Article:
|dc.description.abstract||The main purpose of this study was to find out the effect of feedback from pupils on the behavior of teachers. For a statistical approach to the problem, the following research hypotheses were advanced:
1. Teachers receiving feedback from pupils would show more desirable change in behavior than teachers not receiving feedback.
2. More teachers would react positively than negatively to feedback from pupils.
3. Sex, educational training, age, teaching experience, and grade taught would be associated with the amount of change in teachers’ behavior after the feedback.
4. Positive change would result after the feedback in each of the four dimensions of teacher merit. The study was conducted from July to December, 1971, in all public elementary schools of the districts of Bugasong, Patnoñgon, and Sibalom North in the Division of Antique. The subjects were Grades IV, V, and VI teachers who composed the experimental and the control groups. Each group had forty-five teachers and each teacher had an average of twenty-one pupils in his class. During the pretest, the pupils evaluated the behavior of their respective teachers on the Hiligaynon rating instrument consisting of forty items grouped into four behavior dimensions: affective, cognitive, disciplinary, and motivational-innovative merits. The instrument was validated by competent educators and found to have test reliability coefficient which was adequate for the purpose of this study. After the pretest, only the teachers in the experimental group were informed of the ratings given them by their own pupils. This was the feedback treatment which was in the form of a graphic rating scale. Twelve weeks after the feedback, a posttest on the rating instrument was administered to the pupils who had participated in the pretest.
Arbitrary values were assigned to the categories of response to compute for the scores of teachers. Each research hypothesis was tested against the null hypothesis at the .05 level of significance. The following statistical procedures were used:
1. Test for the significance of the difference between means and between standard deviations to compare the pretest and the posttest scores within a group under the one-tailed test, and to compare the differential scores of two different groups under the two-tailed test.
2. Test for the significance of the difference between percentages of teachers with increased ratings and with decreased ratings in the experimental group.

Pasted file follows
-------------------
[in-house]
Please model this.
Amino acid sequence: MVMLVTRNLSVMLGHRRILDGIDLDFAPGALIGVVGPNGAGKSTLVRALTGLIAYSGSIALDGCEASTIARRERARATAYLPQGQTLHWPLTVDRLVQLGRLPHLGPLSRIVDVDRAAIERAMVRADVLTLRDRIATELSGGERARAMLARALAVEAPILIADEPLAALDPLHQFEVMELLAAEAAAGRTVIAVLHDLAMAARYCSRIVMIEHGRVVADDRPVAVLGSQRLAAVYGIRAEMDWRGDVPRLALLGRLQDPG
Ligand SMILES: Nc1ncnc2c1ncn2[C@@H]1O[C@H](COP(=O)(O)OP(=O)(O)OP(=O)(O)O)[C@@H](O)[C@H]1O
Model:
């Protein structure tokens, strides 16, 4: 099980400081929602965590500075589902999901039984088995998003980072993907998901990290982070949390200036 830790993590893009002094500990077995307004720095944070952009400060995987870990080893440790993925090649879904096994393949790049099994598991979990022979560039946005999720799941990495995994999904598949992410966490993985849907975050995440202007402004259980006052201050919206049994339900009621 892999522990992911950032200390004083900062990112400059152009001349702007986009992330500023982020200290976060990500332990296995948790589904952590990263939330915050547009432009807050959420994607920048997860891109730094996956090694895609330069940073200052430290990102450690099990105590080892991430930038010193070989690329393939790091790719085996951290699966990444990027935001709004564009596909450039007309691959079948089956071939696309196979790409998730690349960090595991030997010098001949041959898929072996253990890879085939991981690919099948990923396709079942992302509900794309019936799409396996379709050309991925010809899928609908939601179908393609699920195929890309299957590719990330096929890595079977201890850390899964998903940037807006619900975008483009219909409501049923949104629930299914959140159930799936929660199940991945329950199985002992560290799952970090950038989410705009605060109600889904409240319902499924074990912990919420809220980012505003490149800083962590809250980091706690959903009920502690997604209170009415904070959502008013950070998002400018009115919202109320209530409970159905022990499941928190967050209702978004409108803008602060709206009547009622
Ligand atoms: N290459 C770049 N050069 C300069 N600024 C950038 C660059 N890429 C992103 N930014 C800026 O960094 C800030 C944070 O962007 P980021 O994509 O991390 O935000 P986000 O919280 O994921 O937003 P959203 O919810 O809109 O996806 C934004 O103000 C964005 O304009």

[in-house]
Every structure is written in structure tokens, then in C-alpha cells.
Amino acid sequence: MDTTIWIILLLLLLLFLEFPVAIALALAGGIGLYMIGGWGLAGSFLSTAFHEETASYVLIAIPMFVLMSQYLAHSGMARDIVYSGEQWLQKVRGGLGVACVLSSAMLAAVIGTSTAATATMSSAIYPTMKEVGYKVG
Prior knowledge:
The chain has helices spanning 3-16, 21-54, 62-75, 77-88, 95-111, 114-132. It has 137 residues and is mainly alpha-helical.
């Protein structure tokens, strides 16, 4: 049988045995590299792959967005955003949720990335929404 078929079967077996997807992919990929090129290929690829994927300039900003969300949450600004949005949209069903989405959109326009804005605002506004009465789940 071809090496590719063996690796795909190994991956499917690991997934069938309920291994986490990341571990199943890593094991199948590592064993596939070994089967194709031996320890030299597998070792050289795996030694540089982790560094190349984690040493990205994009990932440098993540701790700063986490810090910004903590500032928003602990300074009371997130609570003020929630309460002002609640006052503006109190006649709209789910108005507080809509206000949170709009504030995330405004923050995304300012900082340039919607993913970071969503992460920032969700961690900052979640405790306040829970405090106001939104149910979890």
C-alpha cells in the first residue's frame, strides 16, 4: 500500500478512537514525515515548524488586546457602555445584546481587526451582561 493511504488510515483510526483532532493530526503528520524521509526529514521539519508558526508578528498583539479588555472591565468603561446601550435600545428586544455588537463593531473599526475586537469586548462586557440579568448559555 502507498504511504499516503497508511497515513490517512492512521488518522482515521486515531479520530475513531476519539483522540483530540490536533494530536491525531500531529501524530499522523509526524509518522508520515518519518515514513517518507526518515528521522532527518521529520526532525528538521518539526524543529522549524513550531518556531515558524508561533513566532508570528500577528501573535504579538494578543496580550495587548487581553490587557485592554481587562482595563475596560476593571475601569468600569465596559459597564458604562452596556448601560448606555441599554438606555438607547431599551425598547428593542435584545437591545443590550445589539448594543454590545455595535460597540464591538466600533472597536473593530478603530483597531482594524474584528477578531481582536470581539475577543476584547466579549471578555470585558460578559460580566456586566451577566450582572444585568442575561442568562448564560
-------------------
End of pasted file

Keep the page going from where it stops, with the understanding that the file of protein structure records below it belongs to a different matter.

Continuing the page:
3. Test for the significance of the difference between any pair of means by analysis of variance on the posttest scores of the three categorized groups of teaching experience and of grade taught.
The findings were as follows:
1. The differential scores of the experimental group showed a significantly higher mean and greater standard deviation than those of the control group.
2. There was a significantly higher percentage of teachers with increased ratings than those with decreased ratings in the experimental group.
3. The differential scores of the male and the female teachers did not show any significant differences.
4. The differential scores of the BSEED and the ETC teachers did not show any significant difference between their means, although the standard deviation of the BSEED group was significantly greater than that of the ETC group.
5. The differential scores of the young teachers showed a significantly higher mean than those of the old teachers, although there was no significant difference between their standard deviations.
6. There was no significant difference between any pair of means shown by analysis of variance among the three groups categorized by the number of years of teaching experience and among those by grade taught.
7. There was a significant increase in the mean, although there was no significant change in the standard deviation, from the pretest to the posttest, in the experimental group as a whole, and within each behavior dimension of the experimental group.
8. The pretest and the posttest scores of the control group did not show any significant difference between their means, although the standard deviation of the pretest was significantly greater than that of the posttest.
The foregoing findings led to the following conclusions:
1. Feedback from pupils positively changed the behavior of teachers.
2. Significantly more teachers reacted positively than negatively to feedback from pupils.
3. Teachers who were given feedback—whatever their sex, educational training, teaching experience or teaching xvii responsibility—were significantly affected by evaluation.
4. The young teachers were significantly more receptive to feedback from pupils than were the old teachers.
5. Feedback from pupils produced desirable change in all dimensions of teacher merit; namely, affective, cognitive, disciplinary, and motivational-innovative merits.
Based on the findings, the following are recommended:
1. Pupil evaluation of teacher behavior should be used by teachers as a means for self-improvement.
2. The use of feedback should be extended to different groups of workers.
3. A rating instrument similar to the one used in this study should be developed and tested under different conditions to aim for higher reliability and validity of the measuring instrument.
4. More studies on feedback should be conducted on larger populations by other researchers so as to convince school authorities that this type of evaluation is not only necessary but beneficial.||en_US